[iDC] Interview with Eduardo Navas

Trebor Scholz trebor at thing.net
Mon Mar 21 16:36:49 EST 2005

Listening To Yourself While Playing With Others

Interview with Eduardo Navas (adjusted by Trebor Scholz)
As part of WebCamTalk1.0

Trebor Scholz:
In February 2003 you founded Net Art Review (NAR), a collaborative weblog
reviewing media art that for the most part focuses on web-based work. There
are several fairly large conversational fora that address media art. New
media researchers and educators already greatly benefit from mailing lists
like Empyre, FibreCulture, <nettime>, New-Media-Curating, Rhizome, Rohrpost,
Sarai, and Spectre. What was your motivation for Net Art Review?

Eduardo Navas:
I noticed that there was debate about technological issues and exchange
about cultural theory, but rarely were there detailed writings focusing on
the actual art in the form of reviews.  Most online artists would release
their own statements, and it would often end at that. Sometimes casual
comments would follow by members of the different lists, and other times
there would of course be heavy exchange of ideas and that was good;
regardless, there was no consistency in how this criticism happened, which
is good for lists but also made it obvious that there was room for other
forms of critical practice online. For example, contributions to Rhizome
were often very good (and still are) but at other times loose and/or ended
in flame wars: people flooding the list with personal insults. There
were/are good articles on C-Theory and Switch, as well as on <nettime>,
which always had very intense exchanges. But mostly these discussions around
cultural issues do not directly focus on specific artworks. And the Empyre
list is also quite strong with its focused, month-long conversations. I
noticed that there was a need for a specific type of criticism, which was
actually being met in part by Neural.it and Random, both in Italy. (See
references for list of online journals.)

Net Art Review was launched early in 2003, a few months after Rhizome became
a membership pay-service. Rhizome was heavily criticized for the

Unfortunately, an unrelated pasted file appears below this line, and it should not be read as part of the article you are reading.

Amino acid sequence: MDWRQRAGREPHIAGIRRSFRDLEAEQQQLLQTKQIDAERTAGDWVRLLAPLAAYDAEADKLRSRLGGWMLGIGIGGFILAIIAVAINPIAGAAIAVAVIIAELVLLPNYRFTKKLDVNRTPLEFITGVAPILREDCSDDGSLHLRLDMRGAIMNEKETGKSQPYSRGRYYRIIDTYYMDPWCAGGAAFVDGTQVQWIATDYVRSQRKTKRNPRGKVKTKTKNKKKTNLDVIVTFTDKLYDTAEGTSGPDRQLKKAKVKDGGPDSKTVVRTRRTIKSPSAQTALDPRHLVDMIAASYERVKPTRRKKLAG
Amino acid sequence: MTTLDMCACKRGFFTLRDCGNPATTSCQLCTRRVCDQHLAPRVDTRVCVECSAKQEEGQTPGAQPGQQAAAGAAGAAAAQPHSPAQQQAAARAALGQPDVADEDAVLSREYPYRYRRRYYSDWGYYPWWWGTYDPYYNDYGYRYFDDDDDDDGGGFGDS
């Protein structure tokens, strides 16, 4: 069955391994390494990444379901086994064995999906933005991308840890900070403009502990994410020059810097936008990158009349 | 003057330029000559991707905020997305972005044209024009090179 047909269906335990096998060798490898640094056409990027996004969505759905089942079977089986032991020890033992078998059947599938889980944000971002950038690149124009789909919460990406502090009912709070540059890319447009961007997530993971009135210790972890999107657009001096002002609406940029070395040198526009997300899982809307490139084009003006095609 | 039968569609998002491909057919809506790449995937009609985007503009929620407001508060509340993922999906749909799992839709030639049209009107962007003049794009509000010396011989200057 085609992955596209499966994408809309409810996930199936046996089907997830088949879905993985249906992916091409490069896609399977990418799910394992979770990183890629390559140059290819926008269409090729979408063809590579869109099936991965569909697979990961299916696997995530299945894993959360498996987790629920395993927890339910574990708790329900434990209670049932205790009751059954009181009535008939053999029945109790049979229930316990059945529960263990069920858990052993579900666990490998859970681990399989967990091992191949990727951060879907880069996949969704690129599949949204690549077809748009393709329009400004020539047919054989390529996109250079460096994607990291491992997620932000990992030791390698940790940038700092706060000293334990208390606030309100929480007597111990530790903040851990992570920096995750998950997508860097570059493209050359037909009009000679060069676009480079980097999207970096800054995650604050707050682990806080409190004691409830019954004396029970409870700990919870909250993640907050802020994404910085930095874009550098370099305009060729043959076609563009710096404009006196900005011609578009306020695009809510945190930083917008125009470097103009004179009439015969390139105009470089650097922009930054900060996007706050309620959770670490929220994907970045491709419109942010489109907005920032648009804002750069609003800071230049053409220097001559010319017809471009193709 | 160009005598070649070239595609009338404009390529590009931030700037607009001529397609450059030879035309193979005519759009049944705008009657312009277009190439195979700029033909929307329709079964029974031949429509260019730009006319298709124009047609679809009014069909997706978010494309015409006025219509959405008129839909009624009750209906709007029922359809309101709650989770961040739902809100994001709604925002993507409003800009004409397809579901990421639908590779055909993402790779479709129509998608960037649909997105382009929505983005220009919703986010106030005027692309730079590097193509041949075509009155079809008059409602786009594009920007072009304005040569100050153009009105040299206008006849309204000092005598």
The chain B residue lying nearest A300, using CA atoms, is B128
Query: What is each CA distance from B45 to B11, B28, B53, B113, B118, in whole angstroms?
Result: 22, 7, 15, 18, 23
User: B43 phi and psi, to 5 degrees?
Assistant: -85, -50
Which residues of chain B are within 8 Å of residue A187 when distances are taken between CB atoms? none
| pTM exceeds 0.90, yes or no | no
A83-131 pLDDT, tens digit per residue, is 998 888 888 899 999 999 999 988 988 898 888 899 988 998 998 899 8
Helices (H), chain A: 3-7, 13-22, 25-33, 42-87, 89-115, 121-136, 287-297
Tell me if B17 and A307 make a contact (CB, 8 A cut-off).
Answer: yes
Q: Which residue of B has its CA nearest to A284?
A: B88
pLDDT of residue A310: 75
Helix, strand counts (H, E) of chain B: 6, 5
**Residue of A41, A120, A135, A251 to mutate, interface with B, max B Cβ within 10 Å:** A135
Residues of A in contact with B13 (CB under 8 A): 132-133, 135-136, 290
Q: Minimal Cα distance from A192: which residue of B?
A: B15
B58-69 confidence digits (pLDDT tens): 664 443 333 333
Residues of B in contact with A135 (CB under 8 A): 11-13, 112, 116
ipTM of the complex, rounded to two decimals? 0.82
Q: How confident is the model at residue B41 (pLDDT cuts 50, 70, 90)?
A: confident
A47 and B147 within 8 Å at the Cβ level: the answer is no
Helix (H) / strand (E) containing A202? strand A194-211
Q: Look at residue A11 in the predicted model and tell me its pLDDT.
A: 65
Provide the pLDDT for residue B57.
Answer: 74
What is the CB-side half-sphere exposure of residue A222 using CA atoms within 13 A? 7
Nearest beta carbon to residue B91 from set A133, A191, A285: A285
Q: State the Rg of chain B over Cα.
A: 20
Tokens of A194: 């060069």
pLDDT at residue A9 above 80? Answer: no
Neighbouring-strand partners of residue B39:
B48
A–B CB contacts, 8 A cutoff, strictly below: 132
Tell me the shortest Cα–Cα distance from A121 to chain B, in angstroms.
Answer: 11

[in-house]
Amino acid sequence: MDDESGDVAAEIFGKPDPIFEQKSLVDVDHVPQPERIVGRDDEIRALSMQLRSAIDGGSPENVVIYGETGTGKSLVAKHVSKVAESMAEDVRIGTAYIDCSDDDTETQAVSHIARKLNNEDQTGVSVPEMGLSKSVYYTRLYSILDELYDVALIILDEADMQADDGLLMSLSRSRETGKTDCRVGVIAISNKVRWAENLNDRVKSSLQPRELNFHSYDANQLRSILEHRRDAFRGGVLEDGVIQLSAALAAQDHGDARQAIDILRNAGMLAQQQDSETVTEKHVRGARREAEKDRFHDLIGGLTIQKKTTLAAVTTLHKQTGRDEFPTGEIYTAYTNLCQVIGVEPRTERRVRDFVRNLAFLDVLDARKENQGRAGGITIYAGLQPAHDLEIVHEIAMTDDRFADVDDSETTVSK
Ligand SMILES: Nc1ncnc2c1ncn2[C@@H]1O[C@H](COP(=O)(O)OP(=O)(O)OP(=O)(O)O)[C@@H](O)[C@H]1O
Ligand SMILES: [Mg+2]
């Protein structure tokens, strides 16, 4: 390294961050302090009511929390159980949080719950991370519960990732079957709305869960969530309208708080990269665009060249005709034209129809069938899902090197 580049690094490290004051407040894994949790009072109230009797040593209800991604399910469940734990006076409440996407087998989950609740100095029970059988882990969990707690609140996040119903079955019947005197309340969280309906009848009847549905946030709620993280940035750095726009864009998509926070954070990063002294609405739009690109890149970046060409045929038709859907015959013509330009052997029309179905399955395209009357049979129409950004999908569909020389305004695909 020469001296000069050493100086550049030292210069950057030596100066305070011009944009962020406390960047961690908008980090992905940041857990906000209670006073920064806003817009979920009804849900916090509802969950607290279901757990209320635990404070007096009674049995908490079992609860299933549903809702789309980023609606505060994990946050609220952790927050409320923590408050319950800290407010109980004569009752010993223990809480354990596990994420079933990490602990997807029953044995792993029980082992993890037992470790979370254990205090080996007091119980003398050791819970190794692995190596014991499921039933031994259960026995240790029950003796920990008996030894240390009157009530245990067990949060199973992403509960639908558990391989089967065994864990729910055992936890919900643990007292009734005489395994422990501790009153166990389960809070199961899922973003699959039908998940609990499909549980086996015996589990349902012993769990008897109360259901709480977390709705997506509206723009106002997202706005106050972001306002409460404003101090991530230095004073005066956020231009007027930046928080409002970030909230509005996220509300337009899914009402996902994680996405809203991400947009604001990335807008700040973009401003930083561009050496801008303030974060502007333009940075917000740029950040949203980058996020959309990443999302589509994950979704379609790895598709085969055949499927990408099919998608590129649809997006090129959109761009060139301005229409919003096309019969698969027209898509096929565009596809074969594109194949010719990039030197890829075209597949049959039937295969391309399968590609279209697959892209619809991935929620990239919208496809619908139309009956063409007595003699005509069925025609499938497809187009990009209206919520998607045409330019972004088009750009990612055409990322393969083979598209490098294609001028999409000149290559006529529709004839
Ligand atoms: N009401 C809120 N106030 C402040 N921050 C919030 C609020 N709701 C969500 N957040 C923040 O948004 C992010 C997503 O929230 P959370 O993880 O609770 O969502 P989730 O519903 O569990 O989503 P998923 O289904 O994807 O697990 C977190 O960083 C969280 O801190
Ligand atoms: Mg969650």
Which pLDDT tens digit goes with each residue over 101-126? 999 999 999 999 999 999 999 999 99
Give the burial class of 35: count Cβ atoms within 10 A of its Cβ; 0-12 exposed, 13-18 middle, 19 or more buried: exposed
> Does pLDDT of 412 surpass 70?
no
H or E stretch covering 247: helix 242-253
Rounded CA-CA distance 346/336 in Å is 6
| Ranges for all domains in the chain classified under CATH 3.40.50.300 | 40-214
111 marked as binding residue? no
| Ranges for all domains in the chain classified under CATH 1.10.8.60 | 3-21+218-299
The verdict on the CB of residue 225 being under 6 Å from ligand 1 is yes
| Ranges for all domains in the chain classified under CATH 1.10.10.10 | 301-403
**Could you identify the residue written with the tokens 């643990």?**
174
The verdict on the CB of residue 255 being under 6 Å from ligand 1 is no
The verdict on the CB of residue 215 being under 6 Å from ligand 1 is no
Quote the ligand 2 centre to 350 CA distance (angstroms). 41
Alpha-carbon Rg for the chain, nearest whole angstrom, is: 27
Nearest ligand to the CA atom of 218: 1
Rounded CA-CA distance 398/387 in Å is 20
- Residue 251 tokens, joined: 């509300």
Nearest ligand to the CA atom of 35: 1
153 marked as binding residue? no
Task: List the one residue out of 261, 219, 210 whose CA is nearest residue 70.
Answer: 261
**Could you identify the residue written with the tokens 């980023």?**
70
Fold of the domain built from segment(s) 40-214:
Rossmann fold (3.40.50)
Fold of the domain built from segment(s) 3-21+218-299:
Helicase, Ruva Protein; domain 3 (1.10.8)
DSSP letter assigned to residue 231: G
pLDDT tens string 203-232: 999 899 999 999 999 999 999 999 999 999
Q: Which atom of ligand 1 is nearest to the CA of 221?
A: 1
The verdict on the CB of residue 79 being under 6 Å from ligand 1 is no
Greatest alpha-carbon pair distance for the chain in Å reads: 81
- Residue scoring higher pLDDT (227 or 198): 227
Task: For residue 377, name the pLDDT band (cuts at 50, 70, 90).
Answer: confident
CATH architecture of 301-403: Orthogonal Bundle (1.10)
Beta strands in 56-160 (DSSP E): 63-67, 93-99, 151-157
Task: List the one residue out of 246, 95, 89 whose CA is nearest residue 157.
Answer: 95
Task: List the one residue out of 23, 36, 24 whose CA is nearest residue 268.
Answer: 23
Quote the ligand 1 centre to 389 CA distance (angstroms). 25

introduction of membership fees. There was the perception that Net Art
Review was developed in reaction to Rhizome's decision, but I never saw it
like that. I had been trying to set up a critical forum for about a year,
but did not get to invest sufficient time into it before the beginning of
2003. The criticism of Rhizome probably gave Net Art Review some extra
attention, but it was more complex than that.

So, to reiterate, Net Art Review offers a focus on artwork, something that I
see is missing in relation to online culture. Rhizome's net art news comes
the closest to that but I was not satisfied with it because their texts are
limited in length. They do not focus on criticism, but mainly on
descriptions of the works with some supportive commentary. Net Art Review
was founded as a small, decisively low-tech, very simple web portal that
focuses on content production without a feedback option. The feedback option
was not a common feature of blogs at the time. A response option would also
demand more time from the administrators: Lora McPhail (Los Angeles), me
(San Diego) and more recently Molly Hankwitz (Brisbane/ San Francisco). It
will also make things more expensive. But when readers contact us we
correspond quickly. Blogging boomed in early 02 (and apparently still is
increasing in popularity)-- a weblog seemed like a good tool to try out the
idea of a review site. However, we hope to develop the site further. The
regular contributors communicate through a dedicated mailing list. Lora
McPhail, our editor-in-chief, coordinates the writings and oversees the
mailings that are sent to us as either submission or concerns. Molly
Hankwitz is contributing editor and is in charge of the weekly features.
Garrett Lynch is working on a new, more efficient set-up so that we can
eventually leave the commercial Blogger service behind. It is important to
note that Net Art Review is open for anyone who is invested in new media
practice and wishes to share her opinion. (For additional contributors see


TS: Some technologists and cultural producers may question the title "Net
Art Review" as they perceive Internet Art as something that they left behind
us. Net Art fortunately rather quickly overcame its initial hype and is now
one option among many others in the realm of "new media art." I use "new
media art" as an operable term with the clear understanding  that, of
course, today's new media will be tomorrow's "old" or "dead media." It does
not statically refer to any particular technology. It's dynamic in its
reference. Reviews in Net Art Review do not entirely focus on Internet Art